Wednesday, May 17, 2006

Kids Singing: Pretty and Creepy or Just Pretty Creepy?

Gorilla vs. Bear, a music blog based in my former neck of the woods, recently posted about The Langley Schools Music Project, which inspired me to give it another listen. (I've owned it for several years, but it's been gathering dust for a while. And yes, on an unrelated note, I think Gorilla vs. Bear is a pretty great title for a blog.)

Anyway, describing this CD would be impossible without just paraphrasing something I've read, so instead I'll just quote directly from Amazon's review:
In the mid-1970s, Hans Fenger taught music in the Langley, British Columbia, school district, using an experimental method inspired equally by Brian Wilson and Carl Orff. Occasionally he would record his students in the school gymnasium--elaborate affairs involving more than 60 kids per session. The result is this compelling collection of semi-accidental genius. Picture the Shaggs and Danielson presiding over an elementary school assembly for shy kids, and you begin to understand how sweet, sincere, and slightly unsettling these recordings are. The Langley students perform their favorite 1960s and 1970s hits as if they never heard the originals; they turn "Mandy" into the kind of lo-fi pop song that Neutral Milk Hotel would perfect 20 years later, and sing "Calling Occupants of Interplanetary Craft" like a delegation of extraterrestrial children on a friendship mission to Earth.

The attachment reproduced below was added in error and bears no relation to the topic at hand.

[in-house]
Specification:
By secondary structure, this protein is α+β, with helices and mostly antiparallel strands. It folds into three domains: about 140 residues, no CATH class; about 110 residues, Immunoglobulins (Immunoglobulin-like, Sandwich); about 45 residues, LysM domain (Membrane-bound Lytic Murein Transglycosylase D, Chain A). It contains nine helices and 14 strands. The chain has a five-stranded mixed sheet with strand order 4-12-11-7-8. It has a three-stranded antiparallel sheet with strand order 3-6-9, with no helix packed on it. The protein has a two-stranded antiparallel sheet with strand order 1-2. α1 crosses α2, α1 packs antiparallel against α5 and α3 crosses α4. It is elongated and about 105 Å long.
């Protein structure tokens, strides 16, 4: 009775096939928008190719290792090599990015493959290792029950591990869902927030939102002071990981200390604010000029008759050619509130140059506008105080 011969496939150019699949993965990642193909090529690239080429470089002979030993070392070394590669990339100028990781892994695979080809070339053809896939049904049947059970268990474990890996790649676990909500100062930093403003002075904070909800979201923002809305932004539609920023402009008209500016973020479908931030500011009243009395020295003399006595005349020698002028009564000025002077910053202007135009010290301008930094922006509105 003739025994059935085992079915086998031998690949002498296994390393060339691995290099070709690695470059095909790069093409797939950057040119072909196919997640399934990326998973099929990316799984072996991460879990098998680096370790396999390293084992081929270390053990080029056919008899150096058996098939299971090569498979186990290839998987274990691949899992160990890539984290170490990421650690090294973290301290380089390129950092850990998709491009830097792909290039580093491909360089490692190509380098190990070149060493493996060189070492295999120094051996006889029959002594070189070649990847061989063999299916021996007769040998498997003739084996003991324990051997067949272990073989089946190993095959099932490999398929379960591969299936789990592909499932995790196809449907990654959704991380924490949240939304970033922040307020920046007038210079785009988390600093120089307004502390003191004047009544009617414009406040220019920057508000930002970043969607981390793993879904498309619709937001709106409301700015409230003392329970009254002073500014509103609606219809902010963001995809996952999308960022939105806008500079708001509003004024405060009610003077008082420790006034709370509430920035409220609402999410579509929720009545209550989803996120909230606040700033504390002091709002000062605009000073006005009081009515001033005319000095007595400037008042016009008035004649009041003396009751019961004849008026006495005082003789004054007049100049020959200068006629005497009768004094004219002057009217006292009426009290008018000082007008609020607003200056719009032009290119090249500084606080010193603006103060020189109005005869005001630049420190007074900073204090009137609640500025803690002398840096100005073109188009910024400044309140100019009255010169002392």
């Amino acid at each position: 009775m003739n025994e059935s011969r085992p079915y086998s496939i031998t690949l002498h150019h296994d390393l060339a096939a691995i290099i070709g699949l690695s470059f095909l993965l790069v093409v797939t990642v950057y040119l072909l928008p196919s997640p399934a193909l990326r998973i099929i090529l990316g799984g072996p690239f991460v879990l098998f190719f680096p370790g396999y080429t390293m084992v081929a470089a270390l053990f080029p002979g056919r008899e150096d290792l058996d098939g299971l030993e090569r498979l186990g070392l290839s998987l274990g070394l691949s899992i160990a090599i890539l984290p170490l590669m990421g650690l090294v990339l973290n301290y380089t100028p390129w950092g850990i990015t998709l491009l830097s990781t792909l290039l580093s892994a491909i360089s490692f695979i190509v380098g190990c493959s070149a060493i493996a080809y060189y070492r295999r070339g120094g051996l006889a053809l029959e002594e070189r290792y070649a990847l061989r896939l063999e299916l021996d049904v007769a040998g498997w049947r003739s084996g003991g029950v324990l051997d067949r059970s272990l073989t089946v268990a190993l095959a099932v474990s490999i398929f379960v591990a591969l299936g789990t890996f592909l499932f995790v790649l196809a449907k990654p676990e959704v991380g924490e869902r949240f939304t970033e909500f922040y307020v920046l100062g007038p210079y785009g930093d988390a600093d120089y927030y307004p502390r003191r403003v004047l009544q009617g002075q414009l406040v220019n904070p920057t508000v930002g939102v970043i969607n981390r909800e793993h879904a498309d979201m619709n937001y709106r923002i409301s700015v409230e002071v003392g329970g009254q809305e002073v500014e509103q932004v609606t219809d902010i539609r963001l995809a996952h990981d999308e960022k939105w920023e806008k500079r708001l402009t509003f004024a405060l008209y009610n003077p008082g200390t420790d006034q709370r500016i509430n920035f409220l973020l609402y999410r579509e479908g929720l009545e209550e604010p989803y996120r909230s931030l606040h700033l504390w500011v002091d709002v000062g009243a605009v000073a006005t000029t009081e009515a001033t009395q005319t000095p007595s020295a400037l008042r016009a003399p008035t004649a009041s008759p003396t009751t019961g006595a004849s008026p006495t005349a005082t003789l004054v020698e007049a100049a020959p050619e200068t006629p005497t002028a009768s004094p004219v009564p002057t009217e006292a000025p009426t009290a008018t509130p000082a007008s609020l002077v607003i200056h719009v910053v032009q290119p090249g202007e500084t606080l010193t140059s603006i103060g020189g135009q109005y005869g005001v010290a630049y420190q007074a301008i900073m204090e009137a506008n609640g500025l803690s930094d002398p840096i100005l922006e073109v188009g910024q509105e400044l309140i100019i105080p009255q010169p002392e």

The key word there is "unsettling," I think, but in a great way. Listen to the clips that Gorilla posted ("Desperado" is a solo performance, not indicative of the mostly group-singalong vibe, but it's one of my favorite tracks).

(Amendment added after more listening: "Desperado" is eerie and effective, I think, but it's not as good as the best group songs on here -- "Band on the Run" and "Help Me, Rhonda" are really fun, and "Calling Occupants of Interplanetary Craft" is like The Village of the Damned-meets-The Sound of Music in the best ways possible. The worst ways possible are chilling to contemplate, of course.)


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